Two similar groups read short passages and had their accuracy scores and times recorded.

Prior to reading the passages each group (A and B) underwent a treatment. Since the N size was low, I decided not to use a control vs. experimental design... instead, I tried to do a within groups study. So, for the study described here, one group read passages 1 to 20 in (ascending order) and the other group read passages 20 to 1 (in descending order). To try to keep the experiment clean, I reversed the treatment for each group alternating treatments as they cycled thru the readings. For example, when Group A did Reading 1 they had treatment X, but when Group B did Reading 1 they had treatment Y. When Group A did reading 2 they had treatment Y, and when Group B did reading 2 they had treatment X. As noted, rather than having each group start at 1 and go to 20, I reversed the order to avoid any potential "practice effect" occurring.

What I am hoping to find out by analyzing this data is whether or not the treatments had any effect on the speed and accuracy of the participants.

My knowledge of statistics is extremely limited, so much so that I don't really know how to ask the question coherently. I am hoping someone can point me in the right directions with some helpful words, phrases, or directions so that I may read up and teach myself what to do to analyze my data sets. Basically I would like to know how to analyze the data I have gathered. I am pretty sure this is not suitable for t-tests... so what does that leave me? I'm assuming it's something a little more robust like spss or R?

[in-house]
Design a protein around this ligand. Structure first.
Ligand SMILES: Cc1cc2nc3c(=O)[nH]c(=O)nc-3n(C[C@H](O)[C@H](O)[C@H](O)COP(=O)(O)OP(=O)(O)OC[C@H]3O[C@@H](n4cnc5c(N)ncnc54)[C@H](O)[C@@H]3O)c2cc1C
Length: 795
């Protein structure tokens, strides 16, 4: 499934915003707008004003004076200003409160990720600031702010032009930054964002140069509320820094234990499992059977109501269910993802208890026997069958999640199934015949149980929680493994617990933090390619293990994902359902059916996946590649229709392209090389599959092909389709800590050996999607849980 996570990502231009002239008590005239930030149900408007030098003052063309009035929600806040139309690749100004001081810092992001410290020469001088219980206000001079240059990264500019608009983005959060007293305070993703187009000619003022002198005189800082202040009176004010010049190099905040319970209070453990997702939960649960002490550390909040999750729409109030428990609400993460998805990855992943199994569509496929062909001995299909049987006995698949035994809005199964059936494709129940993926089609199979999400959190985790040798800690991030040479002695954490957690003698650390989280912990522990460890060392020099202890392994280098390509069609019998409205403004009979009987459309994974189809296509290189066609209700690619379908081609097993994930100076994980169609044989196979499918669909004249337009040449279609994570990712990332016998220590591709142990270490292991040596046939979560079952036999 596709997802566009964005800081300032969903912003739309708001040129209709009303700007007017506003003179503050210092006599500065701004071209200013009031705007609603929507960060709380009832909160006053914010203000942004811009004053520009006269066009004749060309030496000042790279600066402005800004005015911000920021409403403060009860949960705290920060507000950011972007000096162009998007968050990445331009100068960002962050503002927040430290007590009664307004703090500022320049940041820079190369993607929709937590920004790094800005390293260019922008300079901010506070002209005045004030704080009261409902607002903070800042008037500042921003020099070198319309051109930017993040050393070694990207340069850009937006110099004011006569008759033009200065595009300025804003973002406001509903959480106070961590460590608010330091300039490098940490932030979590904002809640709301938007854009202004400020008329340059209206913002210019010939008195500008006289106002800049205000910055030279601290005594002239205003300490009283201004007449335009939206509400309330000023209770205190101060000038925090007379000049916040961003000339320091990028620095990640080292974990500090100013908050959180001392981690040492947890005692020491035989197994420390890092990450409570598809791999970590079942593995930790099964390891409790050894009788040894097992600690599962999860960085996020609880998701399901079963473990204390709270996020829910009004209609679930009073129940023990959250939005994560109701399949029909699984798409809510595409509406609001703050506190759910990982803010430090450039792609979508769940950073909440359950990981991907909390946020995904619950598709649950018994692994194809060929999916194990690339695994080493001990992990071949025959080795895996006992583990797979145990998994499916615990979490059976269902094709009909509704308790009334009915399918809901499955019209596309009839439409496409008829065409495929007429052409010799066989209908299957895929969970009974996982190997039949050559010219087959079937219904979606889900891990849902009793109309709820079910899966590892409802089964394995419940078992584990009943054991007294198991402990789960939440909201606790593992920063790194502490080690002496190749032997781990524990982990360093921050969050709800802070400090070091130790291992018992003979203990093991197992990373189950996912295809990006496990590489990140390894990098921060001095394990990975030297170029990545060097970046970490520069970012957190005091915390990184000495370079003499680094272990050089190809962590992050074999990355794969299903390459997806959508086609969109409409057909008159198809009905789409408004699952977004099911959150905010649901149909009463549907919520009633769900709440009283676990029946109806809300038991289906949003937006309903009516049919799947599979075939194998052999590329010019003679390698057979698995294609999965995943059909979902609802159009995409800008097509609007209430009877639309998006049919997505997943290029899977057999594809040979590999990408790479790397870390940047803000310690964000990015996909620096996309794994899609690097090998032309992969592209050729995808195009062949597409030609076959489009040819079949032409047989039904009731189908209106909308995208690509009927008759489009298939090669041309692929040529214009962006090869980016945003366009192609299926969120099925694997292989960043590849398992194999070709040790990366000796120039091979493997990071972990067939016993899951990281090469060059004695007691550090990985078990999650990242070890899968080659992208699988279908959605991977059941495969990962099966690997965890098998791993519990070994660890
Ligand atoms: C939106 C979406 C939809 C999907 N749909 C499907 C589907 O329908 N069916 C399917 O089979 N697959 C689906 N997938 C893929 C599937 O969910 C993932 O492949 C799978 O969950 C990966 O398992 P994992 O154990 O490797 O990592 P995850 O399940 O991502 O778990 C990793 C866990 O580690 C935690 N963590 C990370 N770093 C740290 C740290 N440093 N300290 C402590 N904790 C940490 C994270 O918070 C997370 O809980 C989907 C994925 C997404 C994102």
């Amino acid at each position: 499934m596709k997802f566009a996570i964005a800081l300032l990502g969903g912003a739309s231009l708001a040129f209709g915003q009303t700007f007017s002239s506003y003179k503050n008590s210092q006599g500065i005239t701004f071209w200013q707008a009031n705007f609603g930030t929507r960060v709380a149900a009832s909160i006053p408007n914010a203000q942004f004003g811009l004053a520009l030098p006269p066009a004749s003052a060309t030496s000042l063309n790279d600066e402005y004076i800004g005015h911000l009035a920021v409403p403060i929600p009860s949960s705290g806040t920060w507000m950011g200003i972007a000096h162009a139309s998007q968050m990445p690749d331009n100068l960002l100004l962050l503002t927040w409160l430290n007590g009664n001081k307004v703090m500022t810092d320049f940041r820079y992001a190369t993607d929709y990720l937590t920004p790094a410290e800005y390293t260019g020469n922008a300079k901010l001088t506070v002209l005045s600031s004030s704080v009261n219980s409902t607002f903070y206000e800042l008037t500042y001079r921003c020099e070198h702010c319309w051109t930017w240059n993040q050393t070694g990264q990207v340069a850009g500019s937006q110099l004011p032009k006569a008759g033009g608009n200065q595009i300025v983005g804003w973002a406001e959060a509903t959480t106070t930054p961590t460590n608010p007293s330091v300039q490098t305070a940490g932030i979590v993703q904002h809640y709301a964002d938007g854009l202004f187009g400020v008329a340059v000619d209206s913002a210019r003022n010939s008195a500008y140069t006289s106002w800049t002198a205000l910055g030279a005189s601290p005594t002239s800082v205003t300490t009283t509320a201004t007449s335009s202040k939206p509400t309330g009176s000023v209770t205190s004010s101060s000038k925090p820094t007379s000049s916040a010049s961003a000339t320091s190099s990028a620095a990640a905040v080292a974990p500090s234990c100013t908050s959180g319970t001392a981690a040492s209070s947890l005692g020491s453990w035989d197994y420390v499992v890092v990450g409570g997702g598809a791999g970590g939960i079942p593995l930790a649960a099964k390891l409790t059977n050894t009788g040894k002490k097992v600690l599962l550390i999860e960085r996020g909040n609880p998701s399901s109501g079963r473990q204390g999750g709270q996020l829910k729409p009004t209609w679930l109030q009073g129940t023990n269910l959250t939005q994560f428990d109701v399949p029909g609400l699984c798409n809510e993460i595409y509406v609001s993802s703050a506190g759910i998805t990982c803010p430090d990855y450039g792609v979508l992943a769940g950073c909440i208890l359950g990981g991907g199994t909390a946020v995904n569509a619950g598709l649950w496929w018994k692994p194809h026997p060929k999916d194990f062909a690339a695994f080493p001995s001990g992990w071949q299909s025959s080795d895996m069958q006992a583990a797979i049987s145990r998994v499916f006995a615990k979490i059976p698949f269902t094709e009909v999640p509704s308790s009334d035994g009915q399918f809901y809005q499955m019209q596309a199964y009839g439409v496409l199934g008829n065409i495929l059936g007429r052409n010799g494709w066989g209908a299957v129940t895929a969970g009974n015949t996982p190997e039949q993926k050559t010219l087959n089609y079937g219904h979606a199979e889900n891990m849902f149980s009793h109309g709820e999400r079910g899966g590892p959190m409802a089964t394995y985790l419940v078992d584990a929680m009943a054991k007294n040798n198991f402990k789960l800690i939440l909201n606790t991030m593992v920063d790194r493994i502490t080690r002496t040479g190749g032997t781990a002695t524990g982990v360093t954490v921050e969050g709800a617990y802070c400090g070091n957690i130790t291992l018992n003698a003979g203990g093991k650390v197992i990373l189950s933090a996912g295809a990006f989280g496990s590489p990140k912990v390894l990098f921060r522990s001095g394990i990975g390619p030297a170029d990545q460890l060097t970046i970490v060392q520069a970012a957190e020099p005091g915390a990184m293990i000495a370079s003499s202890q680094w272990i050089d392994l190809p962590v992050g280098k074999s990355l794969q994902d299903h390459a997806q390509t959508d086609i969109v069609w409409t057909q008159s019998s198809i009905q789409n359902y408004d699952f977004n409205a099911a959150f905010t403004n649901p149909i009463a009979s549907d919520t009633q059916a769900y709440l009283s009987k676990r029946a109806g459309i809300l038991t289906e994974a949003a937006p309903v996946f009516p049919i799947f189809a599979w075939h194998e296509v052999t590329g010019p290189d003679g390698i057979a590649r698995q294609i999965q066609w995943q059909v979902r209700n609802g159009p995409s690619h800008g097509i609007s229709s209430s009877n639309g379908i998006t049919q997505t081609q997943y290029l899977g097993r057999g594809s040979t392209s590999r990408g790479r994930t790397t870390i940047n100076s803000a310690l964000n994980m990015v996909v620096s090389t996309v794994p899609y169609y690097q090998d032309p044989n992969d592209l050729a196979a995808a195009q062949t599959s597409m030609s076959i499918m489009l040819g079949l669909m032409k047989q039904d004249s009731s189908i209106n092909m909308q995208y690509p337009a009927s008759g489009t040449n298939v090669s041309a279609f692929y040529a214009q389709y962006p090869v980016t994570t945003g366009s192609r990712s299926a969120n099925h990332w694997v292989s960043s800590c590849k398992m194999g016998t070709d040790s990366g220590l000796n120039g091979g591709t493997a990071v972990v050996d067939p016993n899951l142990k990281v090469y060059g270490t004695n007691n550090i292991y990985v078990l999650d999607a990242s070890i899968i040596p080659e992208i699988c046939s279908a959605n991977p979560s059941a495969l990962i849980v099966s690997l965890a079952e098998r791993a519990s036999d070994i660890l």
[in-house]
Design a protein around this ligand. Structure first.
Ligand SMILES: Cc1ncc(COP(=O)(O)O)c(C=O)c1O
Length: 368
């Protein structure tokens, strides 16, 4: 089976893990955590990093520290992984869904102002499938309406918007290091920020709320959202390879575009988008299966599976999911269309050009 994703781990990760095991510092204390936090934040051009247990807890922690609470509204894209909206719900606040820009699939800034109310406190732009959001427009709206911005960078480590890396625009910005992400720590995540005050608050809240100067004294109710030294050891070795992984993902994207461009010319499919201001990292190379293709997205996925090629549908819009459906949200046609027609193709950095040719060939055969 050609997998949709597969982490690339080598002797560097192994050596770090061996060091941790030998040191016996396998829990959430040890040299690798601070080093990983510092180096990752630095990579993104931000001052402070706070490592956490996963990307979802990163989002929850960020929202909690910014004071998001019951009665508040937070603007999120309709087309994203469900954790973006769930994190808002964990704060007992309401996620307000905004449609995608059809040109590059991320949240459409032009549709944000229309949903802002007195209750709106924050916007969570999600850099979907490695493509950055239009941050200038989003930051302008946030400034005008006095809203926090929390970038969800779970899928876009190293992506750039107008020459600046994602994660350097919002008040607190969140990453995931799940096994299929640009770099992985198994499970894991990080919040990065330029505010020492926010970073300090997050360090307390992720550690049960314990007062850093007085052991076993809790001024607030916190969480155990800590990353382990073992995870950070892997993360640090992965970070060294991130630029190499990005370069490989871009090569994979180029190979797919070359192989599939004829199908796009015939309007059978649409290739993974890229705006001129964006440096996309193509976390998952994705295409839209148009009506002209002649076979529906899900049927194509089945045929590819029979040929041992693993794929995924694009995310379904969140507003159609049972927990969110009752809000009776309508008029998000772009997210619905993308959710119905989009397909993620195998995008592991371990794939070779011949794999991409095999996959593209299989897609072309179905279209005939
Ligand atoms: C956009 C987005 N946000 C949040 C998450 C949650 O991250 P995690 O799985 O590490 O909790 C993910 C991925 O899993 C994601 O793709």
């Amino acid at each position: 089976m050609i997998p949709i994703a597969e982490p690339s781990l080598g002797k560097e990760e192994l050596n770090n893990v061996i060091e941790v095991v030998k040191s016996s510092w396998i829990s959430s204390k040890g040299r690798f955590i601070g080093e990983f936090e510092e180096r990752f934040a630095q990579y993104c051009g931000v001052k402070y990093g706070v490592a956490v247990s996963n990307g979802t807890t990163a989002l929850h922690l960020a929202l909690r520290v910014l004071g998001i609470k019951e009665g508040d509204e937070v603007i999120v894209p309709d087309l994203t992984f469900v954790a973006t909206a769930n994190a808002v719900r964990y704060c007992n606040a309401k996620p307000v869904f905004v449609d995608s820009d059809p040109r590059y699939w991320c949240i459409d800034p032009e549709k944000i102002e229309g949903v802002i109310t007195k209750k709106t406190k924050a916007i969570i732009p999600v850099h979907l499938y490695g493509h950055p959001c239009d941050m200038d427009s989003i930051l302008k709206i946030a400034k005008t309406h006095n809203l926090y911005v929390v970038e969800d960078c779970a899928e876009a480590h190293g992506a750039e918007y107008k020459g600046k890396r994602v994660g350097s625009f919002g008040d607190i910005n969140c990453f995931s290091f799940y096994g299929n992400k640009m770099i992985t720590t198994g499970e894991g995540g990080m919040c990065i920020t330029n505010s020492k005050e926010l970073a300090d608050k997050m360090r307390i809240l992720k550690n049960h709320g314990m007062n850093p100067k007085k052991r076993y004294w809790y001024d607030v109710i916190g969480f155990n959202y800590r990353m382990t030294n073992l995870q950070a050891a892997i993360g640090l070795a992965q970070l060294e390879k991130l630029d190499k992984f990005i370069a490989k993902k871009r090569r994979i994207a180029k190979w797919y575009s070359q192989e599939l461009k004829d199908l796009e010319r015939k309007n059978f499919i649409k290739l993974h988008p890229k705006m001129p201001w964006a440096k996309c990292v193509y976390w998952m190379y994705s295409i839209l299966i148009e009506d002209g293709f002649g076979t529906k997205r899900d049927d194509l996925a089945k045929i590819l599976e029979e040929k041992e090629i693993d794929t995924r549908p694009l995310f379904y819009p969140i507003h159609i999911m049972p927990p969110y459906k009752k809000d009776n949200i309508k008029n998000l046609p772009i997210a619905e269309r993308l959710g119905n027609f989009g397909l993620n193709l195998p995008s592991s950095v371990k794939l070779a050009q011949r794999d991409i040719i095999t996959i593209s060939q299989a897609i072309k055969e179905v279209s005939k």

1 Answer 1


First, SPSS and R are not "something more robust". Each of those are programs that can do many kinds of statistics, including t-tests.

Second, if you are, as you say, very new to statistics, then I would start by taking a couple courses and reading some books. One of my favorite books for intro stats is Statistics by Freedman, Pisani, and Purves. It doesn't dumb things down, but won't overwhelm you with formulas. But it will make you think.

Third, for this particular analysis, I think it would be better for you to hire a consultant (not me, I'm retired) or, if you are at a university, maybe find someone in the statistics department who will help for a co-authorship (if you are planning to submit this somewhere). I'm all for learning by doing, but I think that people need guidance in what to do first and second and so on.

Finally, although I am not certain, it sounds like you may have created an example of a famous quote from Ronald Fisher:

“To consult the statistician after an experiment is finished is often merely to ask him to conduct a post mortem examination. He can perhaps say what the experiment died of.”

From your description, both groups had both treatments, they just varied in when they had each treatment (one group had X before 1, 3, etc. and Y before 2, 4, 6 etc. and the other group the reverse). Then, unless the treatments have an extremely short effect, both groups had both treatments, 10 times each. It's going to be very hard to find something there, especially with a small N.



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